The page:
4. It was urged that by the recent amendment, the Legislature extended to bona fide pledgees protection even in cases where possession of the goods was obtained under a voidable contract and that this assumes that where the goods were obtained under a valid contract, the pledge must be a fortiori valid. The argument is put thus : where, the pawnor gets the goods by practising fraud, misrepresentation or undue influence, the pledge is valid, provided the further conditions laid down by the section are fulfill-ed. Why then is the pledge invalid where he got possession under a contract and which is not open to any of the above infirmative circumstances? Entrusting a person with goods for safe custody is a -species of bailment. Bailment is a contract under Section 148 of the Contract Act. If the contract of bailment is vitiated by fraud or misrepresentation or undue influence, even then the goods can be the subject of a valid pledge. If so, it is urged that it must be so in a case where the contract of bailment under which the goods were obtained by the pawnor is not open to any of the infirmative circumstances just mentioned. This argument assumes that if the contract of bailment is vitiated under Section 19 or 19-A, the pawnor can create a valid, pledge. The pawnor does not get possession he gets only bare custody. A person in custody of goods under a contract of bailment of this kind would still continue to be under the same disability as before. Further, the wording of Section 178-A appears to indicate that by reason of the contract which is bad for fraud, undue influence, etc., the pawnor should obtain title to the goods and possession thereof in the strict sense, i.e., juridical possession such that an owner has. Section 178-A says that where the pawnor has obtained possession of the goods under a voidable contract, a pawnee gets a good title provided the pledgee acts in goad faith and without notice of the pawnor's defect of title. This means that but for the fraud; coercion, misrepresentation or undue influence, the pawnor would have got aperfectly valid title. Where it is only a case of safe custody, the pawnor had no title at oil voidable or valid nor 'juridical possession' as opposed to bare custody. If this contract of bailment is valid, he gets only a right to be in custody and if it is voidable for reasons mentioned in Sections 19 and 19-A of the Contract Act, even then, it cannot come under Section 178-A, because it is not a case of the pawnor's getting a defective title or 'possession' as explained above. As Messrs. Pollock and Mulla have pointed out in the latest edition (sixth edition) on pages 550 and 551, the result is the same both before and after the amendment in the case of a gratuitous bailee or of a person who is entrusted with the goods for a specific purpose.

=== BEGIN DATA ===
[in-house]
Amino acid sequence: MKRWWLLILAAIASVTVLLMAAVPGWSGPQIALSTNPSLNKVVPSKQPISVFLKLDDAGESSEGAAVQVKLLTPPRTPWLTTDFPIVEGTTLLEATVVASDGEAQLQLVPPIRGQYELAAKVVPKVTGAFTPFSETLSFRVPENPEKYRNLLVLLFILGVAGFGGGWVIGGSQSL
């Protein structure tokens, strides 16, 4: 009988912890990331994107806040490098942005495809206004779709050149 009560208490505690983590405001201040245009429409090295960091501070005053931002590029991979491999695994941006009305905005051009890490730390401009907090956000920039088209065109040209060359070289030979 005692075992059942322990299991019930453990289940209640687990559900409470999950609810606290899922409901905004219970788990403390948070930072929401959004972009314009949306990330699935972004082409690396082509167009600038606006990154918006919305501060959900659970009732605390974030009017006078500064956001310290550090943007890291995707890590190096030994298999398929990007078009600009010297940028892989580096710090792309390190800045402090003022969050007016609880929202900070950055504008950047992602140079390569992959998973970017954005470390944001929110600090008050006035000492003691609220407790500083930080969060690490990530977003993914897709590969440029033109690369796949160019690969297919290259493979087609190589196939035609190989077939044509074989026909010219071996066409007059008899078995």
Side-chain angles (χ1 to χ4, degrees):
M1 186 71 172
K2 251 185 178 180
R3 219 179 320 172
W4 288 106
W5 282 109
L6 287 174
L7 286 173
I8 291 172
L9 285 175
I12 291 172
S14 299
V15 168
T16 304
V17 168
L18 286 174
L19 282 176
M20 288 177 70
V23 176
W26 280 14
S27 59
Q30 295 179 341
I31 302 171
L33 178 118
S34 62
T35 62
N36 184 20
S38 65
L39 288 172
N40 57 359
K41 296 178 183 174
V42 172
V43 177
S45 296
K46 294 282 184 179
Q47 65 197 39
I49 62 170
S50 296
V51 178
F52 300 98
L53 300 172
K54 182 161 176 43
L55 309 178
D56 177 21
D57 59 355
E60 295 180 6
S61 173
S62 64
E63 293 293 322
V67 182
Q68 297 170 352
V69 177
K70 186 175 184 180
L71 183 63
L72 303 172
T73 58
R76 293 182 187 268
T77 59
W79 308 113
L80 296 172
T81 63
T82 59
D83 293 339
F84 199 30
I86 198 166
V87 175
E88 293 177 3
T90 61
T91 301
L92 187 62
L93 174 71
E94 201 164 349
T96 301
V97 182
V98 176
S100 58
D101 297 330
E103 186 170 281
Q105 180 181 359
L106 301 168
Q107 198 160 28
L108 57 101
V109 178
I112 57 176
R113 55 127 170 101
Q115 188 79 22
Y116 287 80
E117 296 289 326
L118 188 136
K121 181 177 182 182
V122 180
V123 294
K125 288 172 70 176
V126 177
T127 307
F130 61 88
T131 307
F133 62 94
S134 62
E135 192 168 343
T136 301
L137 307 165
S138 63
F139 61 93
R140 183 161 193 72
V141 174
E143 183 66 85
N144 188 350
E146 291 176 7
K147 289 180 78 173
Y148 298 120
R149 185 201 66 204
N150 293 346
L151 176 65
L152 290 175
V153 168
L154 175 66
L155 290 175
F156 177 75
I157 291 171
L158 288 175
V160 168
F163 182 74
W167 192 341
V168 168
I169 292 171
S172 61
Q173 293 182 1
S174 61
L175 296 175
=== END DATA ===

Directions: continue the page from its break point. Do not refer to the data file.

5. I hold that the lower appellate Court is wrong in the view that it has taken that the pledge is valid. The decree of the lower appellate Court is therefore reversed and that of the District Munsif restored with costs here and in the lower appellate Court. The order of the District Munsif as to costs of that Court will stand. The jewels will be returned to defendants 2 to 5.
6. Leave refused.